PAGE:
- Regular RHA meeting a quiet affair
- Funnel clouds possible through evening
- Smoking bans a breath of fresh air to some, infuriating to others
- Experts break down the SCOTUS gay marriage ruling
- Senators offer insight into population loss
- SCOTUS ruling legalizes gay marriage
- RAMP receives $10,000 grant for youth services
- Obamacare victory shows failure of Scalia’s conservative revolution
- City Market: June 26
- BREAKING: Rauner vetoes state budget
City seizes gas station
Gas is no longer being pumped at a local gas station.
The City of Rockford seized the BPAmoco station at 3721 Auburn St. An April 16 shooting as well as alleged ongoing gang and drug activity and disturbances in the parking lot prompted the action.
Ald. Ann Thompson (D-7) took the lead in dealing with the situation. Thompson said the establishment will be closed for 10 days, while city and police department officials as well as owners work to come up with a compromise.
Its gotten to the point that the owners have to take the responsibility to make sure its not a gathering place in the evening, Thompson said.
According to Thompson, she was unaware any drug activity had taken place. She said constituent complaints about crowding prompted her to get involved.
Its gotten out of hand, Thompson said.
According to a city legal department press release, the business will be required to enter into a nuisance abatement agreement. Thompson said adjusting its hours and adding security are two things it must do. If negotiations fail, the city will proceed with legal action to seize the property for a year, according to the press release. City Attorney Jennifer Cacciapaglia confirmed the city would file an injunction, if the owner is uncooperative.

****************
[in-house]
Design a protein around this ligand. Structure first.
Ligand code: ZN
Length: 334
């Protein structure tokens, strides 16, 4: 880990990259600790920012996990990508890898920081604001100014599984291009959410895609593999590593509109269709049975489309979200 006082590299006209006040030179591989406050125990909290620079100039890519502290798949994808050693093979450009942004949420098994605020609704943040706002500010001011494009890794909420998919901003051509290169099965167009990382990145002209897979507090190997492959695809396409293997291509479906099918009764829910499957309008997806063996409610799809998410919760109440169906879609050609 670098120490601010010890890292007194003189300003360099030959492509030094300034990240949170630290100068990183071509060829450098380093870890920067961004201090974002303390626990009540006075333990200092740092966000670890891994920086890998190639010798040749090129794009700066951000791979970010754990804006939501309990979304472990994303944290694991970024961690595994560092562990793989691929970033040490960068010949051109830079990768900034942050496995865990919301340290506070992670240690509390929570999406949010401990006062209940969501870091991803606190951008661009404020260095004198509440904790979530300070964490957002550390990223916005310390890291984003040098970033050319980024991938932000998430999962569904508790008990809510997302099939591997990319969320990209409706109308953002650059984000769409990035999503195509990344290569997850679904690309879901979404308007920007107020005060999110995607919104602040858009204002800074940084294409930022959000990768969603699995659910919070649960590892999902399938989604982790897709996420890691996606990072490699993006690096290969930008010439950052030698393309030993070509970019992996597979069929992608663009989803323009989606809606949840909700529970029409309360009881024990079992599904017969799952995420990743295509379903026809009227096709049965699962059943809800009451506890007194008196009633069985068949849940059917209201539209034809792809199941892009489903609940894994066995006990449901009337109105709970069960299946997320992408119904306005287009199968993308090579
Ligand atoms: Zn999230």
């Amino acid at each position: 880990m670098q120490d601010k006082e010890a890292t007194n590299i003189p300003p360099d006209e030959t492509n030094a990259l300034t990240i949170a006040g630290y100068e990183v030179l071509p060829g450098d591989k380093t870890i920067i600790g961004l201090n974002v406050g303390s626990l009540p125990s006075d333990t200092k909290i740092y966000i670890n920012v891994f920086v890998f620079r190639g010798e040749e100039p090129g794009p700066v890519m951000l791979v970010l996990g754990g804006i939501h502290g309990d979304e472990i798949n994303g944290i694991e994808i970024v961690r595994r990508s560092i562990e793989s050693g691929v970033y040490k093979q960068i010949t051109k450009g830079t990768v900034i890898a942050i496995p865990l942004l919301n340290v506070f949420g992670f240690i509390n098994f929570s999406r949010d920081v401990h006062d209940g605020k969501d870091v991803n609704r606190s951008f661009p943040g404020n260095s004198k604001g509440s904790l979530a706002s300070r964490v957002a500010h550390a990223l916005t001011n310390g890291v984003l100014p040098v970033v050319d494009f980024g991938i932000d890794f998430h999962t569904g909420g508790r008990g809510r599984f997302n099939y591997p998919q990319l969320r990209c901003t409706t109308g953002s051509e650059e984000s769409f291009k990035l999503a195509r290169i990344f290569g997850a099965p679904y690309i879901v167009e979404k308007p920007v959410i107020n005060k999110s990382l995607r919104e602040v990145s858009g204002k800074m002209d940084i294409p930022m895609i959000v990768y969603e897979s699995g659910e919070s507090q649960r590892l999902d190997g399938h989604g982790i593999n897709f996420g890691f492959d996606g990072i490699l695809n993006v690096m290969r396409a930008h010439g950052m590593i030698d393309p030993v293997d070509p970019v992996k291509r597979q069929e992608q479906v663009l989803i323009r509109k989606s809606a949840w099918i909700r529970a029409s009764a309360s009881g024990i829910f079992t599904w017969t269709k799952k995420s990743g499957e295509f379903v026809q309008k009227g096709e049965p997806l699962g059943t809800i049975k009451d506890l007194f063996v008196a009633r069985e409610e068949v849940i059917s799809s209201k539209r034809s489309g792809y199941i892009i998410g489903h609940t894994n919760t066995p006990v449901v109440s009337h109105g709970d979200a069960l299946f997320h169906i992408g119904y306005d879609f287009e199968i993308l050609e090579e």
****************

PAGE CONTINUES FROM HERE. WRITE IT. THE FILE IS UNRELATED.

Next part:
If an agreement is reached, she said, reopening the business would be a relatively simple process.
Its just matter of taking the padlocks off, Caccipaglia said.
She spelled out the citys interest in seizing the establishment.
Our No. 1 concern is that the business is operating in a safe manner, Cacciapaglia said.
She said the city aims to educate owner representative Nasswar Ali. The station is owned by a limited liability corporation, which is a Circle K Midwest subsidiary.
Their apathy toward the situation must cease immediately, Cacciapaglia said.
She said the business should close earlier, until incidents of violence decrease. Cacciapaglia also confirmed drug activity had occurred on the property. Although the city cited three drug-related incidents, Cacciapaglia said the city believes there were more.
She said police observed what they believed were drug sales, confirming that by following and searching suspicious vehicles. But Cacciapaglia said all sales had to be made on the property, per state statute, to be included in the complaint.
From the May 3-9, 2006, issue